Roman Law One of the greatest legacies of Rome is their legal system. The development of Roman law began with the Twelve Tables in the mid-fifth century B.C. During a period of over 1000 years, the Roman jurists created a rich literature about all aspects of law: property, marriage, guardianship and family, contracts, theft, and inheritance. Roman law laid the foundations for much of Western civil and criminal law.
The Roman Family The family came first for the Romans, before all other obligations; such as, civil, politic, and military obligations. The family was the vehicle for transmission of moral character. The institution of the Roman family was strengthened by a healthiness, a solidarity, and a spirit of uprightness and self-restraint superior to that of perhaps all other ancient peoples. Roman families were very diverse. The Basis of Roman civil law was the familia, a group consisting of a head, the paterfamilias, and his descendants in the male line. Free members and slaves, all under the guardianship and control of the paterfamilias, were also part of the familia. Free members were the wives, unmarried children (biological and adopted) and other dependents. The members of the familia had no voice in the Curiae, yet they were subject to its decisions and laws, as well as to the decisions made on the family level by the patriarch.
Bust of a Roman Couple
Marriage Marriage is the association of a man and woman, the sharing of every aspect of life and a point where human and divine laws meet. A Roman husband and wife came together in order to lead their lives in common and to produce children. Marriage often coincided with the beginning of adulthood for girls and symbolized with this transition. Marriages were arranged between the bride's father and her husband to be. The father also had the power to end the marriage in divorce. There were three types of marriage in ancient Rome; by usus (cohabitation), by confarreatio (religious ceremony), and by coemptio (purchase). Marriage by usus always required the woman to be married with manus. In a marriage involving manus, the father of the bride relinquishes his control over his daughter to the new husband. Usus also required that the woman had to remain and stay in her husband's house for one year, cohabitating with him, assuming the position of daughter in the family. Marriage by confarreatio involved a religious ceremony. This type of marriage was usually reserved for the wealthy. Religious wedding ceremonies were expensive and included difficult rituals. A woman in this situation was married with manus. After Augustus, marriage with manus was a formal requirement only, but was still required forthe ceremony. A woman married with coemptio was symbolically "purchased" by her new husband from her father. She did not become a slave to her new husband, but he had total control over her. She was his property. All women had to have a guardian who handled their finances and legal affairs. It was the Roman ideal that affection between the husband and wife should develop after marriage. Conjugal love was something that should be calm and nondisturbing, something to be cultivated.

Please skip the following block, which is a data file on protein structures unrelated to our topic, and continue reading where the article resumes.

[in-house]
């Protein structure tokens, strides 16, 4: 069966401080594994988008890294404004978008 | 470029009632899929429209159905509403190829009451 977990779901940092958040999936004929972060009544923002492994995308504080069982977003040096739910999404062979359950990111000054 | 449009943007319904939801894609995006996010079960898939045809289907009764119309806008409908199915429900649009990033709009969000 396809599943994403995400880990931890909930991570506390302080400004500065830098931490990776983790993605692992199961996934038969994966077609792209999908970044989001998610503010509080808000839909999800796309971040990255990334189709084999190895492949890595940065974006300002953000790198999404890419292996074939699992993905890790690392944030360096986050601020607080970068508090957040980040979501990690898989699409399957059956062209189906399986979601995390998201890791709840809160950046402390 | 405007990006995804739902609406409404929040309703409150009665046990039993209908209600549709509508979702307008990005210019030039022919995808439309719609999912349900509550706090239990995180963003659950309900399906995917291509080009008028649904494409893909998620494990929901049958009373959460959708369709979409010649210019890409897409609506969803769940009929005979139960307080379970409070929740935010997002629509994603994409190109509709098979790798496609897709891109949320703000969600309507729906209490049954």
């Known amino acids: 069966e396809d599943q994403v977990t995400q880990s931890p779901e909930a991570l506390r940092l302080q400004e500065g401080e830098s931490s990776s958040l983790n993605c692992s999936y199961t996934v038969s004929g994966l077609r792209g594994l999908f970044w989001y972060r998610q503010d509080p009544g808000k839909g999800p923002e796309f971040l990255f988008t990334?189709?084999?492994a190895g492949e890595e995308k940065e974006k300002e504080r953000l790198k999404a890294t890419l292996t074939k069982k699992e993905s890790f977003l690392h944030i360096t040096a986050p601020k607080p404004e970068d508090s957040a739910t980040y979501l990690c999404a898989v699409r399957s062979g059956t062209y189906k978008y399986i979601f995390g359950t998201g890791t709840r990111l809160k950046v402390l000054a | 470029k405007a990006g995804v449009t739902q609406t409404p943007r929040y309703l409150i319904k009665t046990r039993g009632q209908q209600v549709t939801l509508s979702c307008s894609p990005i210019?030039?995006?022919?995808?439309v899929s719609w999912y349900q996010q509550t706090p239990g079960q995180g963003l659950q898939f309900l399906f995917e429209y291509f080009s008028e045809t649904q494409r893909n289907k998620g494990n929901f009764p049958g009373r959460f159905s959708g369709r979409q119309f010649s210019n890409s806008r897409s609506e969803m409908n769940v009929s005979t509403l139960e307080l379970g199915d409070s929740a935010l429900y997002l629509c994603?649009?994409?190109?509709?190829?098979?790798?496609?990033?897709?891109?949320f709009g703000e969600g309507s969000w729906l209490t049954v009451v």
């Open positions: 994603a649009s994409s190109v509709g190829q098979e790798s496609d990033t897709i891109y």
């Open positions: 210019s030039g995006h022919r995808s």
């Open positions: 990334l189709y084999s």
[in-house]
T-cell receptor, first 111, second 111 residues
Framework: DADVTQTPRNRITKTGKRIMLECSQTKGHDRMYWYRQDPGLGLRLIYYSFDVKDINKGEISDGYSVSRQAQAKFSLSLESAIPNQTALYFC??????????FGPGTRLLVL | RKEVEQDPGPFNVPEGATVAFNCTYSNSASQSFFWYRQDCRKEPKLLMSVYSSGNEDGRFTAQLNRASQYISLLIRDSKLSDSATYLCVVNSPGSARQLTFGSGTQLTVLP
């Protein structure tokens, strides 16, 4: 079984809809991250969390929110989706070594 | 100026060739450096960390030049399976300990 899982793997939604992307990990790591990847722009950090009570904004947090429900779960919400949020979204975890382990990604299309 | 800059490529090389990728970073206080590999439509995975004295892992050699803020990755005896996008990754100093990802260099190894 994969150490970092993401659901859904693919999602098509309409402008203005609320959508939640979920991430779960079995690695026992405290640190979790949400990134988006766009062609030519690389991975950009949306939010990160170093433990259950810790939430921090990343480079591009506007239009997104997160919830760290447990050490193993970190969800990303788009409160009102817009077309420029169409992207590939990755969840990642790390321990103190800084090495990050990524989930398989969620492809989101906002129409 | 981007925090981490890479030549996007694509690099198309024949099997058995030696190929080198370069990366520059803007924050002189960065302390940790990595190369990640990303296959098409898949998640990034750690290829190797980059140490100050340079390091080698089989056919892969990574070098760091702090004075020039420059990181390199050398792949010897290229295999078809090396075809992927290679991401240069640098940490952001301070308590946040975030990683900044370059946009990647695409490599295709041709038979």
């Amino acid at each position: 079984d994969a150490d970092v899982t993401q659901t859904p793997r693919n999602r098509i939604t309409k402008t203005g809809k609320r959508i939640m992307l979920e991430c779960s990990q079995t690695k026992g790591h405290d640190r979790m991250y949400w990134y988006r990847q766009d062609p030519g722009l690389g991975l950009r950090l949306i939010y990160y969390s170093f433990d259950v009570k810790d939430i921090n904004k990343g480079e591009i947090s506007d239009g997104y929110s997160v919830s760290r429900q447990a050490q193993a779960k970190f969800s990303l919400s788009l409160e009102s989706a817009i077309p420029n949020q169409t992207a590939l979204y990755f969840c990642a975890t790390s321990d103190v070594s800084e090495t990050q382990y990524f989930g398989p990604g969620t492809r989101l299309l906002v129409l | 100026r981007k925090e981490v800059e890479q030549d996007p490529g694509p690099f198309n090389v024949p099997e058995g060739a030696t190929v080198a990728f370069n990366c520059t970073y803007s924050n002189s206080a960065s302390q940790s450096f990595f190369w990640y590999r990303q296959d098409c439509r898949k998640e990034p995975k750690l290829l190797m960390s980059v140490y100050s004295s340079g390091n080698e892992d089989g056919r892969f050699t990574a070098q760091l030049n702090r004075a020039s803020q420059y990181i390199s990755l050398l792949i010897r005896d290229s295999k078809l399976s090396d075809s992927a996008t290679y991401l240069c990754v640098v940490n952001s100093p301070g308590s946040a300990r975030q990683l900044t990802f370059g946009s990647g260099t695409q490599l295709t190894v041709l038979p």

Relief Depicting Roman Marriage Ceremony
Purposes and Benefits of Marriage The purpose of marriage was to carry on the family line by having children, and so the spirits of the dead could be honored. Marriage, for both males and females, granted them a larger network of family members and the security that came with it. Through marriage, the woman could also gain her husband's social status. Roman marriage was monogamous, there was only one woman in the household; her role was wife to the paterfamilias and mother to his children. Caesar Augustus encouraged marriage and having children. He assessed heavier taxes on unmarried men and women and, by contrast, offered rewards for marriage and child bearing. Since there were more males than females among the nobility, he permitted that anyone who wished (except for senators) to marry freedwomen could do so, and decreed the children of these marriages to be legitimate, (Suetonius). Some citizens of Rome resented this moral legislation, but it was for the purity of the upperclass descent. Augustus wrote in 17 B.C. "If we could survive without a wife, citizens of Rome, all of us would do without that nuisance; but since nature has so decreed that we cannot live comfortably with them, nor live in any way without them, we must plan for our lasting preservation rather than for our contemporary pleasure." For the Roman, a successful marriage was one that produced children. Marriage was a practice dictated by necessity.
Bust of Caesar Augustus
Expectations of Women in a Marriage Once married, a woman was under the complete jurisdiction of the paterfamilias. A wife was expected to be modest, chaste, obedient, hard working, industrious, and virtuous. She was expected to produce and raise children. Her household chores included spinning, weaving, cooking, ordering the slaves, and teaching the children during their first few years. When men were away at war, it was not uncommon for the woman to take over the family business. Although wives had lots of responsibilities, they were also free to see friends, shop, attend plays and public shows, relax at the baths, and take part in religious activities.
A Mother Reads to Her Child